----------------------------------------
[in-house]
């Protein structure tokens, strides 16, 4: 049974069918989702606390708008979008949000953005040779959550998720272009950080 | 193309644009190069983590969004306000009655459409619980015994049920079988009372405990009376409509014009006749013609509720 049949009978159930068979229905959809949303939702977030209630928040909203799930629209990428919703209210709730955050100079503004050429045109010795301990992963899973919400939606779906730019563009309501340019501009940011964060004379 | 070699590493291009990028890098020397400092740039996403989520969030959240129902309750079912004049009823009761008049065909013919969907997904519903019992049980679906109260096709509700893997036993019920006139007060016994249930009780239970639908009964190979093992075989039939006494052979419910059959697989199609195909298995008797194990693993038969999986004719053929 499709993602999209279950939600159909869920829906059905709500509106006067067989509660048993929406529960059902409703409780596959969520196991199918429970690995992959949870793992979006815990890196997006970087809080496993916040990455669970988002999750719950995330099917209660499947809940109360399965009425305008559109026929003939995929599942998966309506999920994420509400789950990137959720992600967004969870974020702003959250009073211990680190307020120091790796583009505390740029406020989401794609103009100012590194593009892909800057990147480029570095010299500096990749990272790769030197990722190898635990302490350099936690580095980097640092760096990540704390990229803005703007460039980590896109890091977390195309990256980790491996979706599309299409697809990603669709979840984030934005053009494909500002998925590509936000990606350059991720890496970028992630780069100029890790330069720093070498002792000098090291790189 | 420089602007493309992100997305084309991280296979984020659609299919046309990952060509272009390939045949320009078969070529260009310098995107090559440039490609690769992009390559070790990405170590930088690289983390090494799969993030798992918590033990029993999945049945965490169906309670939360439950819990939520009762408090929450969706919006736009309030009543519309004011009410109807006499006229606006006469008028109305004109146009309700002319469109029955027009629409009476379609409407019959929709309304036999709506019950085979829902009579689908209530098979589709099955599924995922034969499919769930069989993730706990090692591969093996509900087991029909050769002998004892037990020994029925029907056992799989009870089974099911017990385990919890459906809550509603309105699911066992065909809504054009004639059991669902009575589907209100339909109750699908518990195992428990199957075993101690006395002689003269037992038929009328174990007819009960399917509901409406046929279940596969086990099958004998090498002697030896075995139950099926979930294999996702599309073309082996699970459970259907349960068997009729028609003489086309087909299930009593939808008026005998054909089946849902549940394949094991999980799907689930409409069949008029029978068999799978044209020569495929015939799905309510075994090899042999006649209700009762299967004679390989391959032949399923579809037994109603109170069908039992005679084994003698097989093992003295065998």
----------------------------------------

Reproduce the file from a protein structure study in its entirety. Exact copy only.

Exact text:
[in-house]
């Protein structure tokens, strides 16, 4: 049974069918989702606390708008979008949000953005040779959550998720272009950080 | 193309644009190069983590969004306000009655459409619980015994049920079988009372405990009376409509014009006749013609509720 049949009978159930068979229905959809949303939702977030209630928040909203799930629209990428919703209210709730955050100079503004050429045109010795301990992963899973919400939606779906730019563009309501340019501009940011964060004379 | 070699590493291009990028890098020397400092740039996403989520969030959240129902309750079912004049009823009761008049065909013919969907997904519903019992049980679906109260096709509700893997036993019920006139007060016994249930009780239970639908009964190979093992075989039939006494052979419910059959697989199609195909298995008797194990693993038969999986004719053929 499709993602999209279950939600159909869920829906059905709500509106006067067989509660048993929406529960059902409703409780596959969520196991199918429970690995992959949870793992979006815990890196997006970087809080496993916040990455669970988002999750719950995330099917209660499947809940109360399965009425305008559109026929003939995929599942998966309506999920994420509400789950990137959720992600967004969870974020702003959250009073211990680190307020120091790796583009505390740029406020989401794609103009100012590194593009892909800057990147480029570095010299500096990749990272790769030197990722190898635990302490350099936690580095980097640092760096990540704390990229803005703007460039980590896109890091977390195309990256980790491996979706599309299409697809990603669709979840984030934005053009494909500002998925590509936000990606350059991720890496970028992630780069100029890790330069720093070498002792000098090291790189 | 420089602007493309992100997305084309991280296979984020659609299919046309990952060509272009390939045949320009078969070529260009310098995107090559440039490609690769992009390559070790990405170590930088690289983390090494799969993030798992918590033990029993999945049945965490169906309670939360439950819990939520009762408090929450969706919006736009309030009543519309004011009410109807006499006229606006006469008028109305004109146009309700002319469109029955027009629409009476379609409407019959929709309304036999709506019950085979829902009579689908209530098979589709099955599924995922034969499919769930069989993730706990090692591969093996509900087991029909050769002998004892037990020994029925029907056992799989009870089974099911017990385990919890459906809550509603309105699911066992065909809504054009004639059991669902009575589907209100339909109750699908518990195992428990199957075993101690006395002689003269037992038929009328174990007819009960399917509901409406046929279940596969086990099958004998090498002697030896075995139950099926979930294999996702599309073309082996699970459970259907349960068997009729028609003489086309087909299930009593939808008026005998054909089946849902549940394949094991999980799907689930409409069949008029029978068999799978044209020569495929015939799905309510075994090899042999006649209700009762299967004679390989391959032949399923579809037994109603109170069908039992005679084994003698097989093992003295065998």